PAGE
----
**Disclaimer: Some rights reserved. Private use only. Feel Free to link to any of my plans so long as you ONLY use 1 image and provide an ADEQUATE link back to the original source and appropriate plan! Plans from this page are not to be used for commercial purposes or republished without the express written consent of Rayan Turner, The Design Confidential I hope to provide accurate plans, however, I cannot guarantee each plan for accuracy. Not every plan that I post has been built and tested, so you are building at your own risk. It is recommended that you have a clear understanding of how the project works before beginning any project. Please contact me if you find an error or inaccuracy so that I might fix it.

Living 
Knock Offs 
Disclaimer

**Disclaimer: Some rights reserved. Private use only. Feel Free to link to any of my plans so long as you provide an adequate link back to the appropriate post! Plans from this page are not to be used for commercial purposes or republished without the express written consent of Rayan Turner, The Design Confidential I hope to provide accurate plans, however, I cannot guarantee each plan for accuracy. Not every plan that I post has been built and tested, so you are building at your own risk. It is recommended that you have a clear understanding of how the project works before beginning any project. Please contact me if you find an error or inaccuracy so that I might fix it.

RyTurner's picture

Creating an Eco-Chic Nursery for Less Part 2 Fabulous Crib Roundup

Choosing Furniture:

Purchasing a crib and additional nursery furniture doesn't mean you have to sacrifice your desire for a healthful and non-toxic environment, in fact quite a few companies specialize in eco-friendly furniture for your little ones. The key is finding those companies that sell environmentally friendly furniture at prices that are economically friendly to your wallet. This isn't always easy...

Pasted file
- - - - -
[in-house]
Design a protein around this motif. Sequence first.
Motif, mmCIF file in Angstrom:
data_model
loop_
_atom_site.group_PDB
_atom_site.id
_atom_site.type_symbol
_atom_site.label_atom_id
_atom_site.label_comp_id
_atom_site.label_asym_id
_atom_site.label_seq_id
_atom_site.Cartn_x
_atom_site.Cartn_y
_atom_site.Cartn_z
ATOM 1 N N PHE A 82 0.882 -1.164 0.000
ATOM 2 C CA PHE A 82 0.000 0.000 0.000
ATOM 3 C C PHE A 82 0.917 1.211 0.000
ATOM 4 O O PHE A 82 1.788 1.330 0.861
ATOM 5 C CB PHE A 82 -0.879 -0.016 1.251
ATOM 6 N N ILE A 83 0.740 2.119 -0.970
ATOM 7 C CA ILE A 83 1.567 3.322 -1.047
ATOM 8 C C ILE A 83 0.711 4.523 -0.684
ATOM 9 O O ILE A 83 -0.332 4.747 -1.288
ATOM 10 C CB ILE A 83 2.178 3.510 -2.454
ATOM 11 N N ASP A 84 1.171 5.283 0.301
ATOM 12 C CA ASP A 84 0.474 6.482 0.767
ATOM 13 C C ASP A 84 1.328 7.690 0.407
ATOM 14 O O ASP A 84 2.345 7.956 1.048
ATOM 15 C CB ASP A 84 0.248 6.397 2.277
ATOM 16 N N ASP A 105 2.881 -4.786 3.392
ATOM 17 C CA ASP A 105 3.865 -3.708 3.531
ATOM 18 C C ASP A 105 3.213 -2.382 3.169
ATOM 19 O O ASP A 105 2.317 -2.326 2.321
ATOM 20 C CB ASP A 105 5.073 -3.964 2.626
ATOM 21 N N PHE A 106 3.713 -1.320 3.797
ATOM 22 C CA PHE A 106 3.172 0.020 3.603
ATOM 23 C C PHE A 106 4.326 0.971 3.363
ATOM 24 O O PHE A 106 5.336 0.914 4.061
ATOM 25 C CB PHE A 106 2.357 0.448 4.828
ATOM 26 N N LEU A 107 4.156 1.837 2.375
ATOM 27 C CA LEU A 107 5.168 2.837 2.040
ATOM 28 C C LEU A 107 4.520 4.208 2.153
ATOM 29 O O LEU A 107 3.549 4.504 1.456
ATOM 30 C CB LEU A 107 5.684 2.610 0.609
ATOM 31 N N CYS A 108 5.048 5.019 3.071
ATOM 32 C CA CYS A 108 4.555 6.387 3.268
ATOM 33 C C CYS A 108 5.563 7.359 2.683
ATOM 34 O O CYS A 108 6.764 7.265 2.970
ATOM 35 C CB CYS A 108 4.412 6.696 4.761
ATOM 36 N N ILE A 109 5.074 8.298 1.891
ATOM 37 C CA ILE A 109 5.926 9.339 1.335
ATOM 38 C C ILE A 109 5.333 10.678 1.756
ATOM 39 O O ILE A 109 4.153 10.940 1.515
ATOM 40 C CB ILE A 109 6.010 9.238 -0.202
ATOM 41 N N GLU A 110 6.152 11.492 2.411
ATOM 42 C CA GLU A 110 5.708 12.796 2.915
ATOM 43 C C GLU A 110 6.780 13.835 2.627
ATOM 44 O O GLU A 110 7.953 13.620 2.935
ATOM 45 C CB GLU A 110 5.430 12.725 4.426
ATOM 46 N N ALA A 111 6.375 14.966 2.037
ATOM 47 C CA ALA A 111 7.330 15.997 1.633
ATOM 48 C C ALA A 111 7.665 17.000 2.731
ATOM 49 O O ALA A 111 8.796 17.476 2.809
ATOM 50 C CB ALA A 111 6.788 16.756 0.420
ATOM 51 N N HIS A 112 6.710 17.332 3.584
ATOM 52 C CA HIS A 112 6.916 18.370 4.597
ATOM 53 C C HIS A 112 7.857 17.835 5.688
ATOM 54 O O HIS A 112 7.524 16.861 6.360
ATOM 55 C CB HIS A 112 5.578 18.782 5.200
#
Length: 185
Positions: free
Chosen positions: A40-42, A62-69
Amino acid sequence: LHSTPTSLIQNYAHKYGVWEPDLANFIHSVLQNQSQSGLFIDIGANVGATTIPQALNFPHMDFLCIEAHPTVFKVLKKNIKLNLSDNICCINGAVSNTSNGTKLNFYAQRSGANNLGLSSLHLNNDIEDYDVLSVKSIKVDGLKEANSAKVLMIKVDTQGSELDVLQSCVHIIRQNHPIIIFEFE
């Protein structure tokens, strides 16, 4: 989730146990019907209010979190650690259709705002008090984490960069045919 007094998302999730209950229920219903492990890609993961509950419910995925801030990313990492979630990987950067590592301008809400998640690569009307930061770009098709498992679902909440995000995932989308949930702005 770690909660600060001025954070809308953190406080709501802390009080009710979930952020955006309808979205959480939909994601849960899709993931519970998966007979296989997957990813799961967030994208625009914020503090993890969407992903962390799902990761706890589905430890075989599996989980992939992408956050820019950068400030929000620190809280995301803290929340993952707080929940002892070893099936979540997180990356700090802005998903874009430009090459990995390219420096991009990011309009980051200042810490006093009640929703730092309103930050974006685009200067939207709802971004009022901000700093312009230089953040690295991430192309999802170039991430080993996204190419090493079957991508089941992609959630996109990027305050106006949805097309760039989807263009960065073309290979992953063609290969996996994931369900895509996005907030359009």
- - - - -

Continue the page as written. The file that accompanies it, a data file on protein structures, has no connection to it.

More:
On the bright side, if you are willing to make most of the additional gear yourself (other than the crib), you will save hundreds of dollars and can allocate some of your savings toward the crib that fits your lifestyle needs.

There are quite a few new and stylish crib designs on the market, and most come in at least 2 color choices. Once you have determined, at least in some part, the direction your color scheme will head you can easily choose the color you desire for your nursery furniture.

If you prefer to purchase second-hand furniture to recycle and reuse rather than purchase new, you will need to keep a mindful eye on the stability of the piece and determine if it needs to be refurbished in any way to make sure it is up to par on safety standards and sturdiness. Please avoid drop-sided cribs, even if your mother swears she raised all 3 of her children in them and every single one of you made it out alive! They will be outlawed for sale by retailers as of next year and the risk is simply not worth it. If your piece needs a new coat of paint, consider some of the color choices and pairs shown below in the new furniture styles.